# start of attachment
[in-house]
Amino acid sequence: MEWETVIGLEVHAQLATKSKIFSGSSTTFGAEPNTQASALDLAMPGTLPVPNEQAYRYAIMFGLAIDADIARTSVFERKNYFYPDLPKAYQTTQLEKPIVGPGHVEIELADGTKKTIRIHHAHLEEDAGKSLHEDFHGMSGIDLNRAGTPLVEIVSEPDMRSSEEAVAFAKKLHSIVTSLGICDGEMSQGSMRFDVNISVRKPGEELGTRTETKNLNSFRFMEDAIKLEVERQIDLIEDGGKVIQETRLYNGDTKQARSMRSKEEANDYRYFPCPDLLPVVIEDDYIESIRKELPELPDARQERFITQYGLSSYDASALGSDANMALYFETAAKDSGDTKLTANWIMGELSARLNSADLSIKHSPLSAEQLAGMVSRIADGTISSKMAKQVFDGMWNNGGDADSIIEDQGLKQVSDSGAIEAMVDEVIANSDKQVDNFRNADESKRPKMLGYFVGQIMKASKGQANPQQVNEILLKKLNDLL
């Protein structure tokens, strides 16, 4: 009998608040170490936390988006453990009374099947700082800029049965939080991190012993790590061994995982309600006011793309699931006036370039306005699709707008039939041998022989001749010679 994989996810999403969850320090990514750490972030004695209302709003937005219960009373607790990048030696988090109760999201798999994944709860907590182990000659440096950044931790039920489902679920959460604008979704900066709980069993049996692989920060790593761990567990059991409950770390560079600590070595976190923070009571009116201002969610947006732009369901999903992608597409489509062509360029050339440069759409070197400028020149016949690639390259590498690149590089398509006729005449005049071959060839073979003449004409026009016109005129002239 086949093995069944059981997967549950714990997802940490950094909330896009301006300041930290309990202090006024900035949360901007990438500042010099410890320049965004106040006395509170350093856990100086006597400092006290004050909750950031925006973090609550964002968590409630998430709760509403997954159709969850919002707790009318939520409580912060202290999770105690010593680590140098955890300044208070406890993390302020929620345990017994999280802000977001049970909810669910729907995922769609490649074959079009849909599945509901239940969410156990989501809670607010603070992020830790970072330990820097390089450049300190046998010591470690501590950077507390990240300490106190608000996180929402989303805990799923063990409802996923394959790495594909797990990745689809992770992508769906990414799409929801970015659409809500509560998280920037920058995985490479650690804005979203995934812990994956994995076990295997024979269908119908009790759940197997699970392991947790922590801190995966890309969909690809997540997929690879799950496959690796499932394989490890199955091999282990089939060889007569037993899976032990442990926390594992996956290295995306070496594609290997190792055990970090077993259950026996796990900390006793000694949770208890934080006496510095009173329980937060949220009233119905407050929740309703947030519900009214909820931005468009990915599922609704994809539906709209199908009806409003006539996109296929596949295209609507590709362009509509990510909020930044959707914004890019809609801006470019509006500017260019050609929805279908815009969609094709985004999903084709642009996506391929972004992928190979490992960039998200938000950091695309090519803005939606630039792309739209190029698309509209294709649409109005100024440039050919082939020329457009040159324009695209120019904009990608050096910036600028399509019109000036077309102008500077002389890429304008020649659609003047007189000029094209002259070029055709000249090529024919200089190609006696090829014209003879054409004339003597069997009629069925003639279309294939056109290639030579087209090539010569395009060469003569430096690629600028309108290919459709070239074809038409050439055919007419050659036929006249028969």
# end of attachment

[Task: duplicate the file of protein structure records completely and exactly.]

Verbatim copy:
[in-house]
Amino acid sequence: MEWETVIGLEVHAQLATKSKIFSGSSTTFGAEPNTQASALDLAMPGTLPVPNEQAYRYAIMFGLAIDADIARTSVFERKNYFYPDLPKAYQTTQLEKPIVGPGHVEIELADGTKKTIRIHHAHLEEDAGKSLHEDFHGMSGIDLNRAGTPLVEIVSEPDMRSSEEAVAFAKKLHSIVTSLGICDGEMSQGSMRFDVNISVRKPGEELGTRTETKNLNSFRFMEDAIKLEVERQIDLIEDGGKVIQETRLYNGDTKQARSMRSKEEANDYRYFPCPDLLPVVIEDDYIESIRKELPELPDARQERFITQYGLSSYDASALGSDANMALYFETAAKDSGDTKLTANWIMGELSARLNSADLSIKHSPLSAEQLAGMVSRIADGTISSKMAKQVFDGMWNNGGDADSIIEDQGLKQVSDSGAIEAMVDEVIANSDKQVDNFRNADESKRPKMLGYFVGQIMKASKGQANPQQVNEILLKKLNDLL
């Protein structure tokens, strides 16, 4: 009998608040170490936390988006453990009374099947700082800029049965939080991190012993790590061994995982309600006011793309699931006036370039306005699709707008039939041998022989001749010679 994989996810999403969850320090990514750490972030004695209302709003937005219960009373607790990048030696988090109760999201798999994944709860907590182990000659440096950044931790039920489902679920959460604008979704900066709980069993049996692989920060790593761990567990059991409950770390560079600590070595976190923070009571009116201002969610947006732009369901999903992608597409489509062509360029050339440069759409070197400028020149016949690639390259590498690149590089398509006729005449005049071959060839073979003449004409026009016109005129002239 086949093995069944059981997967549950714990997802940490950094909330896009301006300041930290309990202090006024900035949360901007990438500042010099410890320049965004106040006395509170350093856990100086006597400092006290004050909750950031925006973090609550964002968590409630998430709760509403997954159709969850919002707790009318939520409580912060202290999770105690010593680590140098955890300044208070406890993390302020929620345990017994999280802000977001049970909810669910729907995922769609490649074959079009849909599945509901239940969410156990989501809670607010603070992020830790970072330990820097390089450049300190046998010591470690501590950077507390990240300490106190608000996180929402989303805990799923063990409802996923394959790495594909797990990745689809992770992508769906990414799409929801970015659409809500509560998280920037920058995985490479650690804005979203995934812990994956994995076990295997024979269908119908009790759940197997699970392991947790922590801190995966890309969909690809997540997929690879799950496959690796499932394989490890199955091999282990089939060889007569037993899976032990442990926390594992996956290295995306070496594609290997190792055990970090077993259950026996796990900390006793000694949770208890934080006496510095009173329980937060949220009233119905407050929740309703947030519900009214909820931005468009990915599922609704994809539906709209199908009806409003006539996109296929596949295209609507590709362009509509990510909020930044959707914004890019809609801006470019509006500017260019050609929805279908815009969609094709985004999903084709642009996506391929972004992928190979490992960039998200938000950091695309090519803005939606630039792309739209190029698309509209294709649409109005100024440039050919082939020329457009040159324009695209120019904009990608050096910036600028399509019109000036077309102008500077002389890429304008020649659609003047007189000029094209002259070029055709000249090529024919200089190609006696090829014209003879054409004339003597069997009629069925003639279309294939056109290639030579087209090539010569395009060469003569430096690629600028309108290919459709070239074809038409050439055919007419050659036929006249028969």